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Agriculture is Virginia’s largest industry.  Yet many communities in the commonwealth do not have enough places to purchase healthy, affordable food as a wide variety of factors have led supermarkets to disinvest from lower-income areas across the commonwealth, creating a public health crisis. 

As we enter the last full week of committee meetings before crossover, the days at the General Assembly are getting longer. In this update, I report on my legislationi, the bills that have passed the Senate that I co-sponsored, and the call to action issued by African American women legislators, the National Coalition of 100 Black Women, and other leaders.

During the third week of the 2018 General Assembly Session, the Senate addressed a number of criminal justice reform measures. 

Week three of the 2018 General Assembly Session has ended, and February is right around the corner.

Teachers are the single most important factor in the quality of a child’s education. Unfortunately, Virginia is facing a severe and growing shortage of qualified teachers.  In some high-poverty divisions, the shortage is reaching crisis levels. The number of unfilled teacher positions across Virginia has increased by 40 percent over the past 10 years. In 2016, two months into the school year more than 1,000 fully funded positions remained vacant.

Last week was the first full week of the 2018 General Assembly Session, and things are moving quickly. This week, I provide an update on my legislation and the budget amendments I have sponsored. 

Last week, the 2018 Virginia General Assembly Session convened for 60 days.  It was a historic week!  In the House of Delegates, 19 new members as the Republican majority shrunk to 51-49.  We also said farewell to Governor Terry McAuliffe, who gave his final State of the Commonwealth on Wednesday night, highlighting the significant accomplishments of the past four years. And on Saturday, Ralph Northam was sworn in as the 73rd Governor of the Commonwealth, Justin Fairfax was sworn as the 40th Lieutenant Governor, and Mark Herring was sworn in for a second term as Attorney General. 

Against this historic backdrop, the General Assembly began work on thousands of bills and the state biennial budget.  

Last week, the 2018 Virginia General Assembly Session convened for 60 days.  It was a historic week!  In the House of Delegates, 19 new members were sworn in, and the Republican majority shrunk to 51-49. On Saturday, Ralph Northam was sworn in as the 73rd Governor of the Commonwealth, Justin Fairfax was sworn as the 40th Lieutenant Governor, and Mark Herring was sworn in for a second term as Attorney General.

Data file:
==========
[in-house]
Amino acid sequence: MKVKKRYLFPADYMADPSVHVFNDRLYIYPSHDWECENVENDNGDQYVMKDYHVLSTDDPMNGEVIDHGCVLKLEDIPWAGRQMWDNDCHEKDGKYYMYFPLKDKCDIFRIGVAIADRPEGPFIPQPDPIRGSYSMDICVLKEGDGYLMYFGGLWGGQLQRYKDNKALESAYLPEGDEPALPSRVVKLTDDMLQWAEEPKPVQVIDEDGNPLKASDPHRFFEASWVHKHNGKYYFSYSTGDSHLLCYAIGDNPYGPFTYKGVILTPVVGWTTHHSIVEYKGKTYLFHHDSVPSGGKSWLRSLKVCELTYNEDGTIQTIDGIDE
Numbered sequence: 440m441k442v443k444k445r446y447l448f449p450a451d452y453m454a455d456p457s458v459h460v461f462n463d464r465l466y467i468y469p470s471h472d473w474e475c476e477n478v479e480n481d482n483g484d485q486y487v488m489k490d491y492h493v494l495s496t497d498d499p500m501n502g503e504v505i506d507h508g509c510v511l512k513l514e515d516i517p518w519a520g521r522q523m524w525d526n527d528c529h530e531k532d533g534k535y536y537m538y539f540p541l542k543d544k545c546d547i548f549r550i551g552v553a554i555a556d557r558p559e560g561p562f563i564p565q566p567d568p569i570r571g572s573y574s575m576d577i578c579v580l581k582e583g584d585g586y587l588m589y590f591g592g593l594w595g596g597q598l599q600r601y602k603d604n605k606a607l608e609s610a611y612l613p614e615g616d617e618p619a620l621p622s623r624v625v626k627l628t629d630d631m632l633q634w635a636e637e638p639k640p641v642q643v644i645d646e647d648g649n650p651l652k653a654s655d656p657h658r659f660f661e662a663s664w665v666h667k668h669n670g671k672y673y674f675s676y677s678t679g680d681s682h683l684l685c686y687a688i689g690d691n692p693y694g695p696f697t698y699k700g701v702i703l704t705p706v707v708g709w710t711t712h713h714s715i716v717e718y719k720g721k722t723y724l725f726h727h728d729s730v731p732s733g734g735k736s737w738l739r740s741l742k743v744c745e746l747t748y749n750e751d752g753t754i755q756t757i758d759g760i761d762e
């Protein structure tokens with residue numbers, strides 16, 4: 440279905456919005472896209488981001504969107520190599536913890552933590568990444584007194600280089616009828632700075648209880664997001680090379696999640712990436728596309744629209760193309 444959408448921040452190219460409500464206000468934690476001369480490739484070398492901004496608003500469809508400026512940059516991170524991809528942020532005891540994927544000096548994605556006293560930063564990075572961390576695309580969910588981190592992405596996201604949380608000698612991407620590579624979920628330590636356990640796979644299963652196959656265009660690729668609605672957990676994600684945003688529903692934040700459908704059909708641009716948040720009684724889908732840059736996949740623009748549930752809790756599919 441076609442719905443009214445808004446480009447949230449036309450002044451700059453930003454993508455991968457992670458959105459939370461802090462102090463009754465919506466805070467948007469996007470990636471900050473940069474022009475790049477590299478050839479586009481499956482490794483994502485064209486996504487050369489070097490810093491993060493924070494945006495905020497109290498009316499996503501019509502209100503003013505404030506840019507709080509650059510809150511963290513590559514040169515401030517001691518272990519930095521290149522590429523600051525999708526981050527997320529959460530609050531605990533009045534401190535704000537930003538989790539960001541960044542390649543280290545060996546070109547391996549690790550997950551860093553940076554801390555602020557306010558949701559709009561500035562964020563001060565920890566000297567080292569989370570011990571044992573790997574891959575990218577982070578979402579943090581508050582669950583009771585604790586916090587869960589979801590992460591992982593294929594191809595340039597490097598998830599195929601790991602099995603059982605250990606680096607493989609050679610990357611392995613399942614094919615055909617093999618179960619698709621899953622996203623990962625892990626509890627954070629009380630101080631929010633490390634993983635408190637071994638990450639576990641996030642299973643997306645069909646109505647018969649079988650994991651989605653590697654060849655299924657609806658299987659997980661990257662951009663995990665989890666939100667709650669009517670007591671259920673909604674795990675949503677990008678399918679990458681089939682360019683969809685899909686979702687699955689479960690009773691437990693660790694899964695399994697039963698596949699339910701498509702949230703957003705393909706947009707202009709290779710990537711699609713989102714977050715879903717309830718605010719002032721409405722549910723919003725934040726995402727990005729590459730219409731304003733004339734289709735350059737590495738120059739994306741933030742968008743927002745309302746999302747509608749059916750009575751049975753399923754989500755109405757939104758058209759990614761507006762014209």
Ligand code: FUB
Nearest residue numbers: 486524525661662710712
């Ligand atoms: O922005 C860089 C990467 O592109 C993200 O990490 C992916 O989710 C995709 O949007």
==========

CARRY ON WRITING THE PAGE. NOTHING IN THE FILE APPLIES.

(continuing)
Against this historic backdrop, the General Assembly began work on thousands of bills and the state biennial budget. I look forward to providing an update on this an other issues over the next six weeks.
On Monday, Governor McAuliffe unveiled the two-year budget covering July 2018 through June 2020. 

You can read the Governor's remarks at the joint money committees meeting here. You can read the Richmond Times-Dispatch's article on the budget here.

Last month we saw a Democratic wave election in which Ralph Northam, Justin Fairfax, and Mark Herring were elected Governor, Lt. Governor, and Attorney General, respectively, and Democrats in the House of Delegates climbed from 34 to 49!   
 
Majority control in the House is still up in the air, as four races go to recount.  In HD-94, Democrat Shelly Simonds trails Republican David Yancy by only 10 votes!  In HD-40, Donte Tanner trails Republican Tim Hugo by 106 votes.  And in HD-28, where 147 voters were given the wrong ballot, Democrat Josh Cole trails Republican Bob Thomas by only 82 votes.  Locally, in HD-68, Republican Manoli Loupassi requested a recount after conceding to Democrat Dawn Adams twice.  Dawn leads by 336 votes.  
 
In local upsets, Courtney Lynch was elected to serve as the Brookland representative on the Henrico County Board of Supervisors, flipping control of the Board to Democrats for the first time in decades.  In Chesterfield County, which voted for a Democratic Governor for the first time in over 50 years, Jenefer Hughes was elected to serve as Commissioner of the Revenue.
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